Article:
Not much to see and do in this part of NM. The closest town is Hobbs and the only thing worth seeing there was the Western Heritage Museum. And fortunately, there was a Ram dealership in town so I took my truck in for an oil change.
Below is our travel map for this leg of the journey. Again, this took place in February of 2019. We drove approximately 362 miles over the three day period.
With our internal batteries recharged, we saddled-up and headed over to Brantley Lake State Park which will allow us to visit Carlsbad Caverns.
BRANTLEY LAKE STATE PARK:
This state park was right in the middle of Brantley Lake. Like most state parks, it is older with narrow roads, and it sits at the peak of this finger of land. This location produced some of the strongest WIND GUSTS we've experienced since starting our journey and it made sleeping difficult, at least for me. While I worried about the RV tipping over, Lorraine was sleeping like a baby! Grrrr...
On a positive note, there are some nice hikes in the area and the sunsets from the Brantley Dam are pretty spectacular.
If you'd like to view the earth's crust from its underside, this is the place. From here you can view it from 800 feet below ground level. And it looks like something ripped from the pages of Dante's Inferno.
A walk through Carlsbad Caverns is like a stroll through the earth's digestive track. Dripping water, wet surfaces, slimy formations. And, if you let your imagination run wild, it can become pretty darn creepy. Shadowy limestone formations begin to take the shape of mythological monsters with their distended arms in mid-reach and faces frozen in mid-scream. Ridged spikes grow from the ceilings and floors like the jagged teeth of a ravenous megalodon. And eyes are seemingly everywhere. You can feel them watching you from the darkness. You never feel alone down here, but not in that good way. It's more like being in a horror movie and accidentally running down the corridor with the "Death This Way" directional sign. This can turn into a cold, shadowy, whispering house of horrors.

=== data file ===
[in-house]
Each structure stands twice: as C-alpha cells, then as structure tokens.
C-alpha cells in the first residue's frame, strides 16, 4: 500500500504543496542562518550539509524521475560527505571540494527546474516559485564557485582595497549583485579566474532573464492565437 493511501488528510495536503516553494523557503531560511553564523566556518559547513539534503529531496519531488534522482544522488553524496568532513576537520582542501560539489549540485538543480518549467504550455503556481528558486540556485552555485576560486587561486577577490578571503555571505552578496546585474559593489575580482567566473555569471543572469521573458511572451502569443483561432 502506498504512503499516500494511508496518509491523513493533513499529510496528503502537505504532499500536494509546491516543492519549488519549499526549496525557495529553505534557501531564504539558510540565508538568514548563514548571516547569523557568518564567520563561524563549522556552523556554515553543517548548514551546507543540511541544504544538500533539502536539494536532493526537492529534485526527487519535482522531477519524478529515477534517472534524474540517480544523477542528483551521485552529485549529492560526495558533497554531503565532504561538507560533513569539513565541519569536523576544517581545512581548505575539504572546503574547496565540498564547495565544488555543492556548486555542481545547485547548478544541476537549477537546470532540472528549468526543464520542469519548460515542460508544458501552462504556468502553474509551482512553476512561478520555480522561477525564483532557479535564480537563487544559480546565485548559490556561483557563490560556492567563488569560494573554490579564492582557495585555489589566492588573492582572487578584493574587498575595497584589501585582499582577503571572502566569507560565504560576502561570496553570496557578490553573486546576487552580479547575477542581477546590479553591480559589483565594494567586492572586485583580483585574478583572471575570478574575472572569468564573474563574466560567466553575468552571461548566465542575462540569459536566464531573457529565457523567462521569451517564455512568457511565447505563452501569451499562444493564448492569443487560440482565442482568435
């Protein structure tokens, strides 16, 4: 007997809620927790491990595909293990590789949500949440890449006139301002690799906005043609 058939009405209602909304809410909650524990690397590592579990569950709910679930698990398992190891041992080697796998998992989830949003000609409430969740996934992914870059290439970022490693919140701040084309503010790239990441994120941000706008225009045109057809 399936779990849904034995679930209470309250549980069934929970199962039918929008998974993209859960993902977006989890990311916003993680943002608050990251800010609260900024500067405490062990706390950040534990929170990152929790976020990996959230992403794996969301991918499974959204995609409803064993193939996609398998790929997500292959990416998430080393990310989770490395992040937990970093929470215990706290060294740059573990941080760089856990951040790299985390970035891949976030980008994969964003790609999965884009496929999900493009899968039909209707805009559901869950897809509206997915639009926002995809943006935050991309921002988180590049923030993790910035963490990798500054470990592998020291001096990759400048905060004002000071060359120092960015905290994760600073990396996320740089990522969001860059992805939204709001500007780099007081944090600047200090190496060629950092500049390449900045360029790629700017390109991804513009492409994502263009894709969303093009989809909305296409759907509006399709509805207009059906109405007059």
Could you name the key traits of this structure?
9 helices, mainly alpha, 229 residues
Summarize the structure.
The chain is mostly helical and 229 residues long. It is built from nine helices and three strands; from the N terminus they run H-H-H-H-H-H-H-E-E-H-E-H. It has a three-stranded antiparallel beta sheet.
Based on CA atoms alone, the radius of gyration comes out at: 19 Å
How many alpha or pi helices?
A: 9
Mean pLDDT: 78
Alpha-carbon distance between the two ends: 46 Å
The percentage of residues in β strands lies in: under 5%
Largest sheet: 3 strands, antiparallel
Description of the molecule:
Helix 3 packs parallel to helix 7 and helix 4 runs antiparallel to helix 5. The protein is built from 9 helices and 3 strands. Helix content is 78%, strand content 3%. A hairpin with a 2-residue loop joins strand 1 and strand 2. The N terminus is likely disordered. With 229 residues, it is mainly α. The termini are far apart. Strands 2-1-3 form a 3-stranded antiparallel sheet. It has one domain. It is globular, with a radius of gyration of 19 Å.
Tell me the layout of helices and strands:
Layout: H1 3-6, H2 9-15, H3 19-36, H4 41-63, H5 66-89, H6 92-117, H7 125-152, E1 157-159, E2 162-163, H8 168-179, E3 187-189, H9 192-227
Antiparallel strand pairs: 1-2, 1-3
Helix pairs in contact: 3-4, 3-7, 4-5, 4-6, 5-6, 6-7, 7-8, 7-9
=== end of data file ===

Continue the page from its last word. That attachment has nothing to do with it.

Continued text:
And it was one of the coolest --not only because the temperature is a constant 56°-- places we have ever been to!! We loved it and still talk about it to this day.